It’s hard to beat the 1920s for coining more new slang terms and creating new terminology. But the next decade did manage to come up with quite a few phrases that make the 30s linguistically memorable.
Take for instance, “famous last words,” which can be a hobby for some to collect but was originally a sort of ironic remark cast at those who spoke too without thinking. In the 30s, someone who made a comment that could be offensive would hear the phrase “famous last words” as a sort of joking reminder to amend their words before they became their last. The phrase was first printed in a newspaper comic and then quickly caught on.
Another everyday phrase that gained popularity was “moment of truth.” It comes from a translation of the Spanish expression, “el momento de la verdad,” which was used to signify the point in a bullfight when the matador goes for the kill. Ernest Hemingway first used the saying in his novel Death in the Afternoon, published in 1932. This phrase, along with “the calm before the storm,” “tall, dark, and handsome,” and “back to square one” became staples of our current language all due to the 30s. Indeed most of the idioms coined during this era managed to survive throughout the twentieth century, becoming hardened clichés of modern times.
Yet there still are a couple of slang expressions which are hardly overused. “Well I’ll be a monkey’s uncle” is an example. Stemming as a result of the Scopes Trial in 1926, which was greatly publicized, the early 30s gave birth to the phrase in print. “Life is just a bowl of cherries” is another expression that flies under the radar. It would be worth fitting into one’s vernacular repertoire if just to explain the song that it originates from: written by Lew Brown and Ray Henderson, and sung by Ethel Merman in 1931, it was a popular melody. The song-writers may have played a twist on the phrase “life is but a cherry-fair” from the 17th century, but either way, it means that life is very short.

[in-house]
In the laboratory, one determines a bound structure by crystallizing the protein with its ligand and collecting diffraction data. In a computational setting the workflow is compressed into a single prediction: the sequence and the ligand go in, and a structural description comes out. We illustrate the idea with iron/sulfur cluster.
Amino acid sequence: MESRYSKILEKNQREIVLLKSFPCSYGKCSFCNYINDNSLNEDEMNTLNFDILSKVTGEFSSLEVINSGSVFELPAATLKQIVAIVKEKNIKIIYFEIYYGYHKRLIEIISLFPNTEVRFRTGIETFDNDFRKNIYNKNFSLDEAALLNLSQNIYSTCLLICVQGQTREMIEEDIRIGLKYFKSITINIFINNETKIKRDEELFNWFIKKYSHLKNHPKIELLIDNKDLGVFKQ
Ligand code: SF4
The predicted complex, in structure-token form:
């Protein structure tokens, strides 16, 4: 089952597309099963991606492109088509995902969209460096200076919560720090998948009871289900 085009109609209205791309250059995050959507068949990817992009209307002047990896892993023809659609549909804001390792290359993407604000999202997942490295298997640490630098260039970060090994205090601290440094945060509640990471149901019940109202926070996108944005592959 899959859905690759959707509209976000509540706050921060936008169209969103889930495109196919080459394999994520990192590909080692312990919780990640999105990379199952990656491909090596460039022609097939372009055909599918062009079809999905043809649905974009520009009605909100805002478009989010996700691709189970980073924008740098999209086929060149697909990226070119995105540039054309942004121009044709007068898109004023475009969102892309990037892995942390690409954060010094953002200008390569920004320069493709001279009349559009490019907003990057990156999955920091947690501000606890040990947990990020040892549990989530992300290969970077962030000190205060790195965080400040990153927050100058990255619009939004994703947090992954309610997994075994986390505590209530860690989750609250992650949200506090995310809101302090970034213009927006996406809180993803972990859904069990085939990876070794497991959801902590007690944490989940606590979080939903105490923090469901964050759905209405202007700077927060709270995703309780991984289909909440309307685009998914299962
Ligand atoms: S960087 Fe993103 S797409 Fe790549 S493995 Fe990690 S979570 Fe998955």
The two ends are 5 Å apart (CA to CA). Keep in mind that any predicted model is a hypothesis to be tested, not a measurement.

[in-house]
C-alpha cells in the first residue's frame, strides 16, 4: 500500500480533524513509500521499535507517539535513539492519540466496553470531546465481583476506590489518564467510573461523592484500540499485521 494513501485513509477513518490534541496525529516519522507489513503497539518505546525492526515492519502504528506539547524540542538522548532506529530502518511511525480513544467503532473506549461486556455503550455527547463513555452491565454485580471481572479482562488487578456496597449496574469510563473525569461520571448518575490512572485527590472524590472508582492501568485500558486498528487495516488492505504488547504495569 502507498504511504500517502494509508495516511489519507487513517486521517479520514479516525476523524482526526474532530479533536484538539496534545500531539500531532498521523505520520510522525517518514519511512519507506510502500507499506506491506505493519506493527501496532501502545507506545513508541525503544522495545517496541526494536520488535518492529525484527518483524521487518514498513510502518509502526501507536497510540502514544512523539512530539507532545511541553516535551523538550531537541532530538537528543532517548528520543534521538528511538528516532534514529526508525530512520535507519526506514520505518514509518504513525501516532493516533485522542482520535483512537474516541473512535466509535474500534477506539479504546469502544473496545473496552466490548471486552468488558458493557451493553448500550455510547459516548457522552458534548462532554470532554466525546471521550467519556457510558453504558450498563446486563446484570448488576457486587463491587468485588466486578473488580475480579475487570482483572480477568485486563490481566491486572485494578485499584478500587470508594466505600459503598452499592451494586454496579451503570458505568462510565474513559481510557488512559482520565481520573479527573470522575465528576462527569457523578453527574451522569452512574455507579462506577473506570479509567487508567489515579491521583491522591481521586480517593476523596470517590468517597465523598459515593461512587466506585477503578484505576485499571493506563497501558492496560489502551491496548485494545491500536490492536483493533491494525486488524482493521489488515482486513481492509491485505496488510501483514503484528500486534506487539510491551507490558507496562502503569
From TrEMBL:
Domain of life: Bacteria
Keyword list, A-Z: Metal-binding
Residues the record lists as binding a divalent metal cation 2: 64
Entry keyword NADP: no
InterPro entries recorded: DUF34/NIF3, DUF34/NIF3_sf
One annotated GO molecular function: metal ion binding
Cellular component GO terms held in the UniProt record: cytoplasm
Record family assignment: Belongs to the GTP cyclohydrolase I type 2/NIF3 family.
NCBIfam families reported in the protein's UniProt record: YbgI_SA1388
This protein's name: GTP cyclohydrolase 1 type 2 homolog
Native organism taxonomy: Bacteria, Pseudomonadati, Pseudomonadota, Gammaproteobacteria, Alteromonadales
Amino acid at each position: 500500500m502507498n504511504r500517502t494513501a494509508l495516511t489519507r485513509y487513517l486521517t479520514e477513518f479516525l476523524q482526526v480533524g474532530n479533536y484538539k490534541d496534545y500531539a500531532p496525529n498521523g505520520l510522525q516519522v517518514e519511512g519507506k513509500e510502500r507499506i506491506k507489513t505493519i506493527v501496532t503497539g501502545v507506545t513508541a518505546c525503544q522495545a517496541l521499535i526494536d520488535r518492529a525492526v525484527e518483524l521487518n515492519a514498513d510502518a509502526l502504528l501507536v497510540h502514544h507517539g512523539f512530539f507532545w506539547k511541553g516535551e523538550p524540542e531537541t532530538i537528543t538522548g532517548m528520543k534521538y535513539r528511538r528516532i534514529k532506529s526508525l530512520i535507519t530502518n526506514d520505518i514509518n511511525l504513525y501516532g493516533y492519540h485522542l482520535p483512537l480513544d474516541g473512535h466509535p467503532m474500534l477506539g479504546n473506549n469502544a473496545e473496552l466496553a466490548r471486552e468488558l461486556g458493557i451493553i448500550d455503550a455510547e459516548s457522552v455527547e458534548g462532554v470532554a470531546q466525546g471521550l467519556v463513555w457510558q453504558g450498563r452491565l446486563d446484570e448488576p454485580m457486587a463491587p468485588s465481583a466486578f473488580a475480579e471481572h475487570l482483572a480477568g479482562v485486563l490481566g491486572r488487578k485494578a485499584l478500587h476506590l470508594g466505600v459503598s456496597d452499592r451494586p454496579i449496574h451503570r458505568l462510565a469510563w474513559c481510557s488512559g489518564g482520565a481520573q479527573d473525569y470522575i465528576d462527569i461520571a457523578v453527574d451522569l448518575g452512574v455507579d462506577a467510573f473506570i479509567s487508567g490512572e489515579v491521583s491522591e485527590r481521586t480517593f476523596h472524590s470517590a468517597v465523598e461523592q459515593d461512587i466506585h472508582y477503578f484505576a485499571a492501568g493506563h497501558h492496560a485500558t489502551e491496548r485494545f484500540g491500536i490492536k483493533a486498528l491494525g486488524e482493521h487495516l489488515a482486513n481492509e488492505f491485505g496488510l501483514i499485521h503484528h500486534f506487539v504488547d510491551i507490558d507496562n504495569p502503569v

On a more somber note, this decade is thought of hand in hand with the Great Depression, which I believe was the influence behind numerous phrases. “Cash on the barrelhead” is one such slang term, meaning cash will be put on the table, or rather, a transaction will be paid for with cash, not credit. It seems reasonable to think that this would be a result of negative economic times. And wouldn’t it seem likely that the Great Depression spurned the expression, “wishful thinking,” because numerous products or dreams would have been out of reach of most people. In addition, the 30s were responsible for creating the “inferiority complex,” both idiomatically and literally.
Overall, it would be very easy to say that this decade has incredibly interesting history when it comes to slang words. While the majority of the phrases did become commonplace items in our vocabulary, their origins are still vibrant, if not peculiar, and the farthest thing from dustbowl-dry.
By Maria Peltekova
The Phrase Finder: http://www.phrases.org.uk/meanings/famous-last-words.html
Writers Dreamtools: http://www.writersdreamtools.com/view/decades/default.asp?Decade=1930#science
Your Dictionary Idioms: http://idioms.yourdictionary.com/moment-of-truth
Words at Random: http://www.randomhouse.com/wotd/index.pperl?date=19981203